What grounds you? For me it’s the gentle purr of a cat. The peaceful fall of snow against lamplight. A warm, firm embrace. And cinnamon. No matter where my mind is, whether it be under stress or on the high of a possible opportunity — an electrical current coursing — they bring me back down to earth. They give me a moment to pause, to breathe, to close my eyes and smile.
So when it snowed on the first day of spring, my brain frustrated from staring at research and trying to edit on an 11-inch screen, I stepped into my kitchen and watched our one tree being blanketed swiftly with white as the sky became greyer and greyer, then darkened towards nightfall, pink and purple in the cloudy city sky, and knew that I also needed to inhale the aroma of butter and chocolate and oatmeal and cinnamon. The frustration of technology, and not having a printer, required a double dose of grounding. I needed oatmeal chocolate chunk cookies to connect me back with the earth, my sanity, myself.
These may be my favorite cookies after the brown butter chocolate chip. It’s interesting to read through other people’s blogs and see their favorite ingredients shining through in recipe after recipe — buttermilk, whole wheat flour, smoked sea salt. For me I guess it’s oats, at least for now. I love the texture softened oats give a cookie, the flavor they impart to a muffin or a scone. Because of the relatively low amount of sugar spread throughout what typically yields about 5 dozen cookies, they almost seem safe to eat for breakfast — a quick little bite when you’re starving but want to get a run in before a real breakfast at home, or a bigger one when you sit down with your coffee at work (or am I the only one who does that?).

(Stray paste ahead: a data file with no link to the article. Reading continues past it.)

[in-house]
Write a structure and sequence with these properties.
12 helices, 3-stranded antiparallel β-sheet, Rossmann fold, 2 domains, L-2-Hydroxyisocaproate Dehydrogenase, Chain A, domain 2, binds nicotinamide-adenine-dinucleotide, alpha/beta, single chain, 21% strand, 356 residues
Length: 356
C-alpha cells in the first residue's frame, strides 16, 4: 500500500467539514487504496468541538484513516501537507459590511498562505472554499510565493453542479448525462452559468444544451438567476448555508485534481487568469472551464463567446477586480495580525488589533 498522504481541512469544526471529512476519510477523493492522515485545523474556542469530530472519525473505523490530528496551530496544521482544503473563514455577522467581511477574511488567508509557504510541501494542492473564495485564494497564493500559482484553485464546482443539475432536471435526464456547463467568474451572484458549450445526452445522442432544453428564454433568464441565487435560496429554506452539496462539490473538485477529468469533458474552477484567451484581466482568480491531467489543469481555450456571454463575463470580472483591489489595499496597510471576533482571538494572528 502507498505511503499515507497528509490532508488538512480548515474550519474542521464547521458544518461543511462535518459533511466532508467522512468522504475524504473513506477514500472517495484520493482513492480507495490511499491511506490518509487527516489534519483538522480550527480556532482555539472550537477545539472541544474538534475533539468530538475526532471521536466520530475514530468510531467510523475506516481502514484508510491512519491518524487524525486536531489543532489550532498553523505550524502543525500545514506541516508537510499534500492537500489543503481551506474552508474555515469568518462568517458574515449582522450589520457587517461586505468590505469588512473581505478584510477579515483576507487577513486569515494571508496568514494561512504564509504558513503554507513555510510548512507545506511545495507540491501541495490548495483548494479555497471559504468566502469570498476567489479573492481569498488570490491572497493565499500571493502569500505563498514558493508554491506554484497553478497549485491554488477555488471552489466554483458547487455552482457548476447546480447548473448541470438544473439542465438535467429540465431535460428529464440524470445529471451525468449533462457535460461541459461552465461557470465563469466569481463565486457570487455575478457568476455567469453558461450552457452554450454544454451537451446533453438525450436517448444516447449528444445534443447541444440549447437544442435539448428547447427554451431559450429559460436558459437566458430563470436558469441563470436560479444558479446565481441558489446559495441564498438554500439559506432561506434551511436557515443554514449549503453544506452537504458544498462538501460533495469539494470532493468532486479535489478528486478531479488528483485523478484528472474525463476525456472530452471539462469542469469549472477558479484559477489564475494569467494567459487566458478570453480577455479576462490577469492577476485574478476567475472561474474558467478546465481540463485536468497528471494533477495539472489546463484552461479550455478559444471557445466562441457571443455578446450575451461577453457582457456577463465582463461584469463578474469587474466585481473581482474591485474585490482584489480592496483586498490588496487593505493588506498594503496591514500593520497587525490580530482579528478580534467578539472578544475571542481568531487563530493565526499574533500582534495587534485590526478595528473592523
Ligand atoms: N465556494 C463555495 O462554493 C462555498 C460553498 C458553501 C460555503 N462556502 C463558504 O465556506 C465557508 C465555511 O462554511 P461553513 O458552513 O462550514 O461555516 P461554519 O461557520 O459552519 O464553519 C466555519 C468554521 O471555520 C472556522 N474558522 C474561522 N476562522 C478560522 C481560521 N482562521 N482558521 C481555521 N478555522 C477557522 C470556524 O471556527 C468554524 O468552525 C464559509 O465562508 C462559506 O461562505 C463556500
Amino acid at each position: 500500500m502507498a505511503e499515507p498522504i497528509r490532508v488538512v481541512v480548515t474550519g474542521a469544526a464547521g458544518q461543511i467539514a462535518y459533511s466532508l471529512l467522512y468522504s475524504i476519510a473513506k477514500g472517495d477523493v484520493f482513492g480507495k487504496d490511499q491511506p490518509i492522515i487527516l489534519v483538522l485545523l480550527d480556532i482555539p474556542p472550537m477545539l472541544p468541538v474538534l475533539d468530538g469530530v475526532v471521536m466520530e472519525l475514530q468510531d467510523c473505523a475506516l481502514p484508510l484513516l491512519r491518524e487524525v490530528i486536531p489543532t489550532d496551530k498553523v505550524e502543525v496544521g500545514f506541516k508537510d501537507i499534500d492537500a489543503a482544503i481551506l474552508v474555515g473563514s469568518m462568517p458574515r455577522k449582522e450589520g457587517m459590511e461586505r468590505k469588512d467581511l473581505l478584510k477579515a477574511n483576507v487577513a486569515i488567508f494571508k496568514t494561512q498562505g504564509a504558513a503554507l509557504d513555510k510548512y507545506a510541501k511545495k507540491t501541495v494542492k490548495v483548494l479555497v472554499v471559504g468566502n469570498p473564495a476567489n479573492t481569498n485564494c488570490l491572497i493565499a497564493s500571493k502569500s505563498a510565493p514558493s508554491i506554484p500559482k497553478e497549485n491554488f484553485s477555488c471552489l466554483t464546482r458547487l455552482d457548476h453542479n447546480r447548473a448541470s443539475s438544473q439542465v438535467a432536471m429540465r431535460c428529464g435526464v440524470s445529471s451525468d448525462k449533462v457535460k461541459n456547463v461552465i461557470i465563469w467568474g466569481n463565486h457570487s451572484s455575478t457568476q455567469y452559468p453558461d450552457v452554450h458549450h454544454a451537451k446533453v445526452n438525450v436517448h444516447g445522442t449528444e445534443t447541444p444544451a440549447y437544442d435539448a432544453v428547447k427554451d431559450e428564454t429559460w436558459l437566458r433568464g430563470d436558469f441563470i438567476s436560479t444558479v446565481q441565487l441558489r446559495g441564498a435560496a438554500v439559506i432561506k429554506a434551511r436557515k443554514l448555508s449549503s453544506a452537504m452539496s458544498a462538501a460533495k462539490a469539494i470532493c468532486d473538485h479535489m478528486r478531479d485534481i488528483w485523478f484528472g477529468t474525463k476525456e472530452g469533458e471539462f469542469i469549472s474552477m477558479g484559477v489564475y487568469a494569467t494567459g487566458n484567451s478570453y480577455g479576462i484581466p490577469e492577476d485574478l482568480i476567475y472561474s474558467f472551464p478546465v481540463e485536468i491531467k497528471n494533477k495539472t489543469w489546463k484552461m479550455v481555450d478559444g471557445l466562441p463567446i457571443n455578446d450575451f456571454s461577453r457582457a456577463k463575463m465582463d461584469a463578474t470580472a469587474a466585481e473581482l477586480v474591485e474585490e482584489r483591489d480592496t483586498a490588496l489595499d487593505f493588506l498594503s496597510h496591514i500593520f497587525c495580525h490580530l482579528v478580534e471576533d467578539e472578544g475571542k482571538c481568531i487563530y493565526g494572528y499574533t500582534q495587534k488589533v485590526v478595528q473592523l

These are thick, soft, and chewy, even three days after baking. And can we talk about flavor? Can we talk about the chocolate? In these I’ve chopped up a whopping 12 ounces of bittersweet chocolate, which never seems to be that much when picking up a bag of chocolate chips, but looks like much more when chopped into big chunks, small chunks, and thin shavings, and heaped atop your cutting board. The different shapes and sizes of the chocolate means it’s layered and well interspersed throughout each cookie. They become more of an amalgam than a pairing.
I guess all parts of these cookies are grounding. All parts came from the earth. Thank goodness there are — okay, fine, were — more than 60 cookies to temper the electric current coursing through my body and my mind. This spring, I think I’m gonna need them.
Oatmeal Chocolate Chunk Cookies
I’m a huge fan of chopped chocolate in these cookies, and my go-to is Trader Joe’s Pound Plus Bars, specifically the 72% bittersweet from Belgium — it’s incredibly economical and it’s damn good chocolate. Very dark, smooth, and complex. But if you can’t get your hands on it or another kind of bar (go as dark or sweet as you’d like), or if you just don’t feel like chopping, of course chips will work. Just make sure you get some good stuff. Do it for the cookies.
yield: about 5 dozen 2-inch cookies
16 tablespoons (2 sticks, 8 ounces, 230 grams) unsalted butter, softened
¾ cup (4 ¾ ounces, 135 grams) packed brown sugar
½ cup (3 ½ ounces, 100 grams) granulated sugar
1 teaspoon vanilla
1 ¼ cups (170 grams, 6 ounces) all-purpose flour
1 teaspoon baking soda
½ teaspoon salt
1 teaspoon cinnamon
3 cups (256 grams, 9 ounces) old-fashioned rolled oats
12 ounces good quality bittersweet chocolate, chopped
Preheat oven to 375 degrees with a rack positioned in the center. Line a baking sheet with parchment.
In a medium bowl, whisk flour with baking soda, salt, and cinnamon. Set aside.
In a large bowl, use a hand-mixer to cream butter with brown sugar and granulated sugar until lightened in color. Add vanilla and egg and mix on low speed until combined. Add flour mixture and stir with a spoon until combined. Stir in oats, ensuring that all are moistened. Fold in chocolate.
Drop by the tablespoon onto prepared baking sheet. Bake for 8-10 minutes, or until the edges have begun to set but the center is still soft. Let cool for five minutes on baking sheet before removing to a cooling rack to cool completely.